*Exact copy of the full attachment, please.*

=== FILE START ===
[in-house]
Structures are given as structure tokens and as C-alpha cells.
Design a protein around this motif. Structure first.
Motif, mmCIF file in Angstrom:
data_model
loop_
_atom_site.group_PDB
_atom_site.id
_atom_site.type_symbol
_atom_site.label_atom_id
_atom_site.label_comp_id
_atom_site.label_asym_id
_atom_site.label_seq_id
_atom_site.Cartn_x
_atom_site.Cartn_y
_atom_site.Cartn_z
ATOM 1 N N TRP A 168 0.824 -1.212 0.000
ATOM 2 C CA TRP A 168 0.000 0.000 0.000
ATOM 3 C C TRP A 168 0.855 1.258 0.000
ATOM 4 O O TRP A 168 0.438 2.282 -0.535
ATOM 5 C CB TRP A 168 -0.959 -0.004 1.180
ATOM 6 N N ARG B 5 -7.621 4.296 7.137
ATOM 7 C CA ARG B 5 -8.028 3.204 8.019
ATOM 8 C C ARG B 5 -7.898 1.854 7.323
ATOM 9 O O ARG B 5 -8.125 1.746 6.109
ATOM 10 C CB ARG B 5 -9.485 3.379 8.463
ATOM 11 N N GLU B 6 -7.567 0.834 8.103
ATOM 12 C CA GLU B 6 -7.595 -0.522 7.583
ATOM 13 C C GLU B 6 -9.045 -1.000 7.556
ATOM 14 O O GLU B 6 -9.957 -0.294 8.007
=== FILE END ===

[in-house]
Structures are given as structure tokens and as C-alpha cells.
Design a protein around this motif. Structure first.
Motif, mmCIF file in Angstrom:
data_model
loop_
_atom_site.group_PDB
_atom_site.id
_atom_site.type_symbol
_atom_site.label_atom_id
_atom_site.label_comp_id
_atom_site.label_asym_id
_atom_site.label_seq_id
_atom_site.Cartn_x
_atom_site.Cartn_y
_atom_site.Cartn_z
ATOM 1 N N TRP A 168 0.824 -1.212 0.000
ATOM 2 C CA TRP A 168 0.000 0.000 0.000
ATOM 3 C C TRP A 168 0.855 1.258 0.000
ATOM 4 O O TRP A 168 0.438 2.282 -0.535
ATOM 5 C CB TRP A 168 -0.959 -0.004 1.180
ATOM 6 N N ARG B 5 -7.621 4.296 7.137
ATOM 7 C CA ARG B 5 -8.028 3.204 8.019
ATOM 8 C C ARG B 5 -7.898 1.854 7.323
ATOM 9 O O ARG B 5 -8.125 1.746 6.109
ATOM 10 C CB ARG B 5 -9.485 3.379 8.463
ATOM 11 N N GLU B 6 -7.567 0.834 8.103
ATOM 12 C CA GLU B 6 -7.595 -0.522 7.583
ATOM 13 C C GLU B 6 -9.045 -1.000 7.556
ATOM 14 O O GLU B 6 -9.957 -0.294 8.007